Even if France were tempted to play guardian again for the Christians in Lebanon — with the approval of the American Empire, instead of the Ottoman Empire this time — the official Arab and international order could not directly imprint itself on Lebanon in a way favorable to the opposition, not even the Christian opposition, which makes up most of the Christian representatives in the Lebanese parliament. Reconciliation, from this perspective, means to tip the largely pre-opposition balance of power inside Lebanon towards the international position, and to adjust international balances of power in light of the domestic balance of power. If this cannot be achieved, there can be no reconciliation.
The attempt, with or without the mediation of the Security Council, to impose international power balances on parts of the world that do not conform with those balances has ignited powerful explosions whose destructive reverberations have not yet abated. Iraq and Palestine, which have imploded, are the latest casualties. The conflict currently raging inside Palestine is not a tale of “good guys” and “bad guys.” It is an episode in the bid to impose the pro-Israeli international balance of power on the Palestinians with the purpose of undoing the results of the last Palestinian elections (as these results were construed by Israel), regardless of the detriments of this ploy to international, Arab or Palestinian interests. It is also a case of local forces equally determined to turn around those election results, even if that means backing themselves with American and Israeli muscle. It is the story of the failure to complete the construction of a nation and to draw certain red lines, foremost among which is where foreign intervention in sovereign affairs should stop. The Lebanese sometimes caution others against meddling in their domestic affairs. But this has not stopped them from theorizing and meddling in the affairs of whomever they please through their media and in other ways. Nor has it stopped them from welcoming and even inviting foreign powers to come and tamper to their heart’s content. One look at the amazing train of Western ambassadors parading into Lebanon and their statements is sufficient to make that clear. All international dialogues on Lebanon (the most recent being between George W. Bush and Nicolas Sarkozy) are taking place between supporters of the current government in Beirut. The subject of their talks is whether to risk setting off another explosion in the region by imposing the international balance of power onto Lebanon or to engineer reconciliation between international and domestic balances of power until the opportunity presents itself to lash out at the Lebanese resistance and/or its regional supporters. The discussions are always about how and when to take on the resistance, never about its right to exist (that it shouldn’t is taken for granted). It would be hard for anyone to deny this. About a year or so ago, of course, certain parties in Lebanon talked about a strategic alliance with the resistance. Today they’re talking about getting rid of it through dialogue because sufficient force is not yet available, or by force when it becomes strong enough — say after America’s war on the resistance’s regional supporters. There’s nothing like honesty, as they say. How nice it is to hear someone say that he is proud to be part of America’s project for this region, as surprised as we might be at how wildly his positions have swung over the past two years. Still, this should not prevent us from responding, with equal frankness, “What is the American project in the region? As far as Lebanon is concerned, for example? To expunge the resistance, of course? And what about Palestine, honestly? To support Israel and Israel’s project of unconditional occupation? And the American project in Iraq? Duh … ” It’s alright, people, to be part of all this, and proud of it too, as long as you know that you’re part of a project that aims to destroy you. That project, so far, has a very brutal record of war and aggression, of the demolition of Iraq, of the use of internationally banned cluster bombs in Lebanon.”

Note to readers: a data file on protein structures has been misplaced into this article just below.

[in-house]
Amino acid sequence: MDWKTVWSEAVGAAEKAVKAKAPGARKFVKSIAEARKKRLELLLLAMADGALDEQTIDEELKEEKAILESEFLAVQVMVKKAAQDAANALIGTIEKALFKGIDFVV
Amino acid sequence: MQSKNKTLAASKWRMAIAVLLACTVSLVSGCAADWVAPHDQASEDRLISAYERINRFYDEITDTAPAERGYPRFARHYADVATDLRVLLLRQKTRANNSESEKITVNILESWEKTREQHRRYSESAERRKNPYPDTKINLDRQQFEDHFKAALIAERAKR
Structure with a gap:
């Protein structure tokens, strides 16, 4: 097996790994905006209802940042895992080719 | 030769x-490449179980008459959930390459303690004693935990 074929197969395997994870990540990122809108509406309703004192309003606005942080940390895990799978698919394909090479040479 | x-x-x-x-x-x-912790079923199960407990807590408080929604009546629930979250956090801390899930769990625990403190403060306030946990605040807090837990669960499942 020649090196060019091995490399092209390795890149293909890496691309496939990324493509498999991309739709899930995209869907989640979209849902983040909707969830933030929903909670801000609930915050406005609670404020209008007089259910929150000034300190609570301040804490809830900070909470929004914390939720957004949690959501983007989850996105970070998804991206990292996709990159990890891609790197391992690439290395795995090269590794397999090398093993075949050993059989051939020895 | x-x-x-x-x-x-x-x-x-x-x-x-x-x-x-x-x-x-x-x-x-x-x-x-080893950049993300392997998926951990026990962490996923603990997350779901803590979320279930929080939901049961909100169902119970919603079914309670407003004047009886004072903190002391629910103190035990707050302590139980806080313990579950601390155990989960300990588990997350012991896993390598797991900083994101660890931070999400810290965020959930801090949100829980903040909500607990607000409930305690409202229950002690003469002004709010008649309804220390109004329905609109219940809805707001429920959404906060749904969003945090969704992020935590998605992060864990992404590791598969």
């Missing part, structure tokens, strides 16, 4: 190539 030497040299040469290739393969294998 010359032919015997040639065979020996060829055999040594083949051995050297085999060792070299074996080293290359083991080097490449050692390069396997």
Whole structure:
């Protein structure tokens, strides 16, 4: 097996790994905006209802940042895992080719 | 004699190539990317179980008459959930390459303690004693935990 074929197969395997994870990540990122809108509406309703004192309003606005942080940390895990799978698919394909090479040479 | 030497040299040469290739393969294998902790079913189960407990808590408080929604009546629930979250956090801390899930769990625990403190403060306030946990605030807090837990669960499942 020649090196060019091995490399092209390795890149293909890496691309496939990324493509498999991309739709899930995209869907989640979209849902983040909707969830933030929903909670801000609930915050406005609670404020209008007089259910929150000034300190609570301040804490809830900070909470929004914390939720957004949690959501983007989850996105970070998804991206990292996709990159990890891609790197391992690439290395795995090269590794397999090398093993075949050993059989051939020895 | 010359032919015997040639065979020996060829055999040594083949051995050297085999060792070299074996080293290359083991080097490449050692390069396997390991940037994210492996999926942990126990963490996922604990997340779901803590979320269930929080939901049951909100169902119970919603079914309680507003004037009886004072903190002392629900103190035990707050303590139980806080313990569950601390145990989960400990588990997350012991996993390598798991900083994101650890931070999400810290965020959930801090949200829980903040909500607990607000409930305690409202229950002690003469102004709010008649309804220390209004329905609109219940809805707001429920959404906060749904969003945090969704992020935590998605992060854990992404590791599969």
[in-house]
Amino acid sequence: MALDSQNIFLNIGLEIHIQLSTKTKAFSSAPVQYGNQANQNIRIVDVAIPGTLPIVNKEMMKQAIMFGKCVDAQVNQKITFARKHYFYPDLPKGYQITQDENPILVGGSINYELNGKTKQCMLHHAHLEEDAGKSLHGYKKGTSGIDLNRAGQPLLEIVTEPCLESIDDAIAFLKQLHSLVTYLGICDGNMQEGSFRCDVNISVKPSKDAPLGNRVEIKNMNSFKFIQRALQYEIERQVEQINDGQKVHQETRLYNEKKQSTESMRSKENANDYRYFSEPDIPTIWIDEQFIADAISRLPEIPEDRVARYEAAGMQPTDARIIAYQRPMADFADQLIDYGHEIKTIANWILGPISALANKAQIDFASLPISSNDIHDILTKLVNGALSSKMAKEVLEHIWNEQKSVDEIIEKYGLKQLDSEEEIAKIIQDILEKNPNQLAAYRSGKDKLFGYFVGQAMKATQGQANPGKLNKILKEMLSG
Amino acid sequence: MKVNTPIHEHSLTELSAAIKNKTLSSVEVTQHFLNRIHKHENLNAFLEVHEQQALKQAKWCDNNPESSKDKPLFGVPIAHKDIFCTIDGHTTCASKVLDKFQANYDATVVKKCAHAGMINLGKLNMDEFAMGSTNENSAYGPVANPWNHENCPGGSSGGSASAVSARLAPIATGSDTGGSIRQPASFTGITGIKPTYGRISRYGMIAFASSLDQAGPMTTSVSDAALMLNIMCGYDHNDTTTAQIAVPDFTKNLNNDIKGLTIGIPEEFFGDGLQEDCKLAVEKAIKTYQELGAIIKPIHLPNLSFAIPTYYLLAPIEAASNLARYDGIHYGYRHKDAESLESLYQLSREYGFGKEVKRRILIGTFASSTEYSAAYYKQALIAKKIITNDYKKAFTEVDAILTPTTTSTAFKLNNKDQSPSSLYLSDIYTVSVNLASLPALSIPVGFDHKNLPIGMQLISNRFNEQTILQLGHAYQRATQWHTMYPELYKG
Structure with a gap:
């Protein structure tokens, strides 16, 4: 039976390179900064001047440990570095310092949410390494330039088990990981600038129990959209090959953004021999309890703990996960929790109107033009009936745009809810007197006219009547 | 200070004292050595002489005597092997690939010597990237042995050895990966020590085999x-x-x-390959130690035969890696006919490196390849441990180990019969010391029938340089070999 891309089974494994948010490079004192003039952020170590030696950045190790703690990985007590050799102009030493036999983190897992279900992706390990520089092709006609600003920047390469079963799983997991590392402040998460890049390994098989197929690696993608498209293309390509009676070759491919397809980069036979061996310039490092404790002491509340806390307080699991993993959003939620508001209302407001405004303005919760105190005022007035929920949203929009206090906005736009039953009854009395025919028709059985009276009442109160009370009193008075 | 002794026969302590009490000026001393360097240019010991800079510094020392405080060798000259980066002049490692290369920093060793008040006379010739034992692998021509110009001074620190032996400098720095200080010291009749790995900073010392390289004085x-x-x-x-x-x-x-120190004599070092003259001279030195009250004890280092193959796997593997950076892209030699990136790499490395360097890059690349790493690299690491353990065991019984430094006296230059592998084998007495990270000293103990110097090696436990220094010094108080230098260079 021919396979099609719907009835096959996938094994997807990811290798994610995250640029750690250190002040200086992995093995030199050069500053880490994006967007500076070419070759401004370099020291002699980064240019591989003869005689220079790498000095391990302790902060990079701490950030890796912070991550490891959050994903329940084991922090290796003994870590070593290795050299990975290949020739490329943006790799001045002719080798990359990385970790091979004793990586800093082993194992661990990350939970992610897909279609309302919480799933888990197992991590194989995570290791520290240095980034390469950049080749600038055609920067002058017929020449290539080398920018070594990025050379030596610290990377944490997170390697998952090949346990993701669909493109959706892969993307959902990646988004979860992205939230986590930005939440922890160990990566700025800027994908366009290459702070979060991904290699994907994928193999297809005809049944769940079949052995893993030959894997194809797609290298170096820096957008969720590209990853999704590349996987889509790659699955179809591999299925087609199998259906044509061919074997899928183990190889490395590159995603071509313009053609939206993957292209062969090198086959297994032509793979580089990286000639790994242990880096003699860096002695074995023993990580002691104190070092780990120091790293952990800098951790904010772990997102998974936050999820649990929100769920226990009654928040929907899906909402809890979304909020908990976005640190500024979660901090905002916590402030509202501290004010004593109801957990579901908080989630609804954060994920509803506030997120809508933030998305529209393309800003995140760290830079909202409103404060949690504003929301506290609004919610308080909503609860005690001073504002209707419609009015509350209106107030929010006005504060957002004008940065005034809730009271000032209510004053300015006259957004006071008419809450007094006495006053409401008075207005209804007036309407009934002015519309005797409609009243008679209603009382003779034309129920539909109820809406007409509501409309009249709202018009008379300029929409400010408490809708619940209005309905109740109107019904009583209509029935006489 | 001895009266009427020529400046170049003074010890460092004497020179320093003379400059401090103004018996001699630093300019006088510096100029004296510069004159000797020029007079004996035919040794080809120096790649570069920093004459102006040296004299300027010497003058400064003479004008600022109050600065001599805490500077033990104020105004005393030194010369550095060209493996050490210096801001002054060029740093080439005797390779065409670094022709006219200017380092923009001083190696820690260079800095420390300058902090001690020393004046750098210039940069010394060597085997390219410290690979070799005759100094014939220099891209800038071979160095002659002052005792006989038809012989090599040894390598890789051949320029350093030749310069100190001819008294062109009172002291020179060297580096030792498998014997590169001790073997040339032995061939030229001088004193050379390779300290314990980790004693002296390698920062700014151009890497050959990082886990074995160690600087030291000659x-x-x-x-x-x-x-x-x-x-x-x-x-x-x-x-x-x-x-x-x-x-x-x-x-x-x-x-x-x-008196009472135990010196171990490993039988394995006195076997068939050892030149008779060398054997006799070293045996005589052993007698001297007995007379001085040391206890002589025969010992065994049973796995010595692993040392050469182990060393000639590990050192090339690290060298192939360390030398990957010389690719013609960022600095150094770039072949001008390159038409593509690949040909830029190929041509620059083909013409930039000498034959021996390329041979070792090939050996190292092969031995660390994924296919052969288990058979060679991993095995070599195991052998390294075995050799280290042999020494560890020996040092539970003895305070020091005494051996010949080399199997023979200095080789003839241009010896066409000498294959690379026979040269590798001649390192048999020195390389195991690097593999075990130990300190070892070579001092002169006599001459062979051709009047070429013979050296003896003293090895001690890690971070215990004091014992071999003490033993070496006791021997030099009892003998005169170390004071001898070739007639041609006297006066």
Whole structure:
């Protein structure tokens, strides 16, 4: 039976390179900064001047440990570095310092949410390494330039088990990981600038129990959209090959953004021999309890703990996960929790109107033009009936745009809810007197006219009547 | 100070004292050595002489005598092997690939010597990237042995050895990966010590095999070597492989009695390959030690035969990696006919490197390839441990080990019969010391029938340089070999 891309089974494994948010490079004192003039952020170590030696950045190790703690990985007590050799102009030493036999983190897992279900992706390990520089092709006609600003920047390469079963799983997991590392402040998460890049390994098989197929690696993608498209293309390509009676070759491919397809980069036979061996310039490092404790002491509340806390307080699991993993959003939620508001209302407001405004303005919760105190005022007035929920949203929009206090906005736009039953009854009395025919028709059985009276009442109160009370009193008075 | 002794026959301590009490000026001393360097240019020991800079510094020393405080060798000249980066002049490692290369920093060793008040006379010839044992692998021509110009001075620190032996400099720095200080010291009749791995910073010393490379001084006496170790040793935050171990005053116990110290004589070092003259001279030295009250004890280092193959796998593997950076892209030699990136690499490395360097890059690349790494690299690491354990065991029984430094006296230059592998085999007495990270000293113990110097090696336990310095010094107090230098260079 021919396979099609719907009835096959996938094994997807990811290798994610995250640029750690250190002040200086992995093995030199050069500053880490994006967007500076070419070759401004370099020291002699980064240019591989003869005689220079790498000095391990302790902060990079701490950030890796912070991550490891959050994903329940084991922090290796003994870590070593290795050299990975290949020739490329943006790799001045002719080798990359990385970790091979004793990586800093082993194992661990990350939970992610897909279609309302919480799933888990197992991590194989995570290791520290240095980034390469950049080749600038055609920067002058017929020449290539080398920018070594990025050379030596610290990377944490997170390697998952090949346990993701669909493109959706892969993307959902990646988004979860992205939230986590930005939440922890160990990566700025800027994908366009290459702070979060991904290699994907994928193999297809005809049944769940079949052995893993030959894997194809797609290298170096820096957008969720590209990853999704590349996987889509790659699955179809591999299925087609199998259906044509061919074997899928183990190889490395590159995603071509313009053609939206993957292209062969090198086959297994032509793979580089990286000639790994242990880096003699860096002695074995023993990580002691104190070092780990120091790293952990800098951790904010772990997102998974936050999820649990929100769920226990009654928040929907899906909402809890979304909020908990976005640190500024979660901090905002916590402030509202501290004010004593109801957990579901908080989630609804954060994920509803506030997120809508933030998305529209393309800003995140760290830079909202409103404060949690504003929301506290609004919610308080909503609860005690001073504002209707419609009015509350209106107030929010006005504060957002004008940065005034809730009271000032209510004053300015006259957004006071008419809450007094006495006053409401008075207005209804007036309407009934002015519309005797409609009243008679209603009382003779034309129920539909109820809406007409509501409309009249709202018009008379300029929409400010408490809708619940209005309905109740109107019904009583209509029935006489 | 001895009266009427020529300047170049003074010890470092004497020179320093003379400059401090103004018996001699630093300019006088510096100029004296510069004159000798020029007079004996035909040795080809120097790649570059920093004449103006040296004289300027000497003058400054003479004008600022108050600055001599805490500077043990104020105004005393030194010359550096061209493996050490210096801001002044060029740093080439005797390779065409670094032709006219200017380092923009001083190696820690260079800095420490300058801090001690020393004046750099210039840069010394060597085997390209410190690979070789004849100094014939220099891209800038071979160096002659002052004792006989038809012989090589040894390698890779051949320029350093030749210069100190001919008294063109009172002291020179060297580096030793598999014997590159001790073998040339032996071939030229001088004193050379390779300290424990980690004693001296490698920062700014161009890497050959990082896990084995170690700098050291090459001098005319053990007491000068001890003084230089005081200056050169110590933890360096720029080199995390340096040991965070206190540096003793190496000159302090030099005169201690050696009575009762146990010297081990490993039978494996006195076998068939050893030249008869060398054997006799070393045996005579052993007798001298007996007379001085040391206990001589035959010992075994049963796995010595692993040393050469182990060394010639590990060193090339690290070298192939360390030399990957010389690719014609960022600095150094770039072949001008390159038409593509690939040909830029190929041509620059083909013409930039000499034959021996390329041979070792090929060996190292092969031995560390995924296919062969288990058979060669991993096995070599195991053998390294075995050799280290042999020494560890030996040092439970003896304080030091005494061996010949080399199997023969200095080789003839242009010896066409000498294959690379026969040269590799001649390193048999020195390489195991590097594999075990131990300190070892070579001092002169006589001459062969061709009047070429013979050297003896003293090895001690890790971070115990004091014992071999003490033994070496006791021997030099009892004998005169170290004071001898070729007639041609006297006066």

This is why the question of the Lebanese presidency cannot be resolved outside the framework of national reconciliation that includes certain guarantees. Unless consensus over the presidency comes complete with agreement over essential matters, the consensus will serve only to gloss over other issues, leaving them unresolved until the enemies of resistance and their foreign allies with greater Middle Eastern agendas find the right time to solve them in their own notorious way. Since Syrian forces withdrew from Lebanon, the forces fighting American hegemony over Lebanon have been retreating step by step. This has encouraged forces allied with the U.S. to up the pressure on the opposition in order to gain additional ground. Perhaps it was this process, evidenced by events from the not so distant past, that inspired the American ambassador to act as high commissioner to Lebanon and to pronounce, a few weeks ago, his view that even if a president is elected in the absence of Lebanese reconciliation the opposition will fume and threaten as usual, but do nothing. Syria withdrew from Lebanon unilaterally without first having concluded an agreement to regulate the withdrawal process and its aftermath. Some interpreted this as a victory for one side in Lebanon and a defeat for the other. But even supposing that the Syrian presence had been an “occupation,” one would have presumed that the Syrian withdrawal and recognition of Lebanese sovereignty would have satisfied those who had retroactively labeled the Syrian presence an occupation and who would now be able to close the book on all those issues that they, again retroactively, termed “sacrifices in the struggle against the occupation.” In fact, Michel Aoun was the only Lebanese politician who regarded the Syrian presence as an occupation at the time the Lebanese invited the Syrians in. It is, therefore, not odd that he should be the only major Lebanese politician today to regard the Syrian withdrawal as the culmination of the struggle against the occupation and the beginning of a new chapter of normal relations with Syria. Aoun is the only major Lebanese politician who treats Syria as a separate state. As for the current ruling clique in Lebanon, which once acted as though it was part of the ruling forces in both Lebanon and Syria, it is now behaving as though it is part of the Syrian opposition, as though Syria is not a foreign state and had not been an occupying power that had withdrawn. To them, even the treaties that had been signed between the two countries in the past were no longer worth the paper they were written on. And instead of setting down on paper Lebanese promises for establishing the best possible special relationship with Syria after Syrian withdrawal, their criticism of Syrian practices in Lebanon escalated into flagrant hostility aimed at the heart of Damascus. They even demanded regime change, as though the nature of the Syrian regime were a domestic Lebanese matter. These forces that were now clamoring for blood had not only not regarded the Syrian presence in Lebanon as a foreign occupation, they had been part of the Syrian security order in Lebanon and they had even conceived the theoretical framework for that type of Syrian-Lebanese relationship. That is a far cry from occupation. Nor is that how the agents of an occupying power normally operate. Normally, agents of an occupying power do not broadcast themselves and they do not theorize. These are the same people who had complained whenever things did not go their way, even in Syria. It is not all that long ago when we heard them whine at the onslaught against Syrian leaders who had been their associates in power and helped them secure their leadership over the Lebanese factions. But that was before the assassination of Rafik al-Hariri. Afterwards, they went on the offensive and that offensive became increasingly vicious. They did not respect the borders between them and Syria. Nor did Syria respect these borders. Even though the forces that are currently ruling Lebanon could not have formed a government on the strength of the votes they won in the parliamentary elections alone, they act as if they had and their actions conflict with the campaign platform on the basis of which they were elected. They appropriated the electoral results just as Michel Aoun appropriated the opposition to Syrian presence and even the 14 March title. Although President Emile Lahoud has kept his distance, the cabinet has treated him as though he doesn’t exist at all and has effectively taken the decision it had its mind set on. Deafening its ears to the president’s cautions, the cabinet, alone, approved everything pertaining to the international court. Ministers who in Lebanese-Taif parlance were regarded as representative of a major faction in the government withdrew and joined the opposition. The people who remained in the cabinet shrugged their shoulders and kept on governing, despite the charge, based on the Taif Agreement and the constitution, that their government was now illegitimate. They grounded their insistence on staying in power upon what we might term the influence of the balance of international powers on the region. Not that this can be in any sense construed as international legitimacy, which has to do with relations between nations, not within them. After the Lebanese resistance heroically obstructed the obscene and savage Israeli assault on Lebanon, time came for the counterattack. This was led by forces that forged an opposition movement driven by its sense of patriotism and legitimacy and by its enormous sympathy for the resistance and its civilian population that suffered horribly during the war. At the same time, however, there was a dangerous development. Some Lebanese intellectuals, unable to shed their political and sectarian blindness, began to propound the notion that Israel had been the victim of Hizbullah aggression and was therefore justified in its assault against Lebanon and, by extension, in all its previous wars against the Arabs. Whether or not we call this pro-Israeli meddling in Arab affairs, when has Israel ever gone on the warpath without citing some justification or other? In 1948, it was the Arabs’ refusal of the U.N. partition plan. In 1956, it was the fedayeen attacks from Gaza. In 1967, it was the blockade of the Straits of Tiran. In 1982, it was the assassination attempt against Ambassador Argov. To accept Lebanon’s Israeli apologists’ logic is to acknowledge that the Arabs were the aggressors on all occasions. Surely Hizbullah’s capture of a couple of soldiers is a much feebler excuse for going to war than the blockage of a maritime passage. But we still call the 1967 war an act of Israeli aggression. The capture of a couple of Israeli soldiers as leverage for the release of Lebanese prisoners in Israel is not an act of war and not a justification for the horrifically destructive onslaught Israel unleashed against Lebanon. If, as some think, the Israeli aggression against Lebanon and the American justifications for supporting it were a form of colonialist intervention intended to resolve an internal Lebanese discussion by other means, then there were significant moments when the Lebanese opposition’s escalatory actions constituted a follow-through on its victory over that interventionist bid. Then this follow-through ground to a halt. Probably, in bringing their actions to a halt, opposition forces were acting out of a sense of responsibility. They probably wanted to forestall the type of situation that their adversaries would readily escalate into sectarian strife. Then the backwards slide began as the clique in power passed every measure it wanted. During this period, some prominent members of the 14 March group were assassinated. The ruling clique bore through this with boundless fortitude. In the face of the peril of assassination, one simply couldn’t ask them to change the people in power or argue with the security precautions they took to protect themselves. Yes, this clique paid a heavy price. But it acted on its own and gradually achieved everything it set out to accomplish, relying on the sense of responsibility of the opposition. But the presidency is another matter. It is a goal line, and in order to reach it both sides must take a step back so that they can work together to reach a point where they can converge upon an agreement over the identity of the president, the composition of the government (what triggered and sustained current protests was the question of the composition of the cabinet, not the question of the presidency) and a new electoral law. Unless such an agreement can be reached, everyone will be left wondering whether the ruling party will try to advance further, taking control over the presidency, the army and the government in order to ensure that the American project prevails in Lebanon. Is this the line from which there will be no retreat because the opposition has its back against the wall? After all, why should the stronger domestic party back off from the party it is determined to get rid of? Reconciliation in the sense described above offers an opportunity for all parties to risk a lacerating inspection of the seriousness of such options.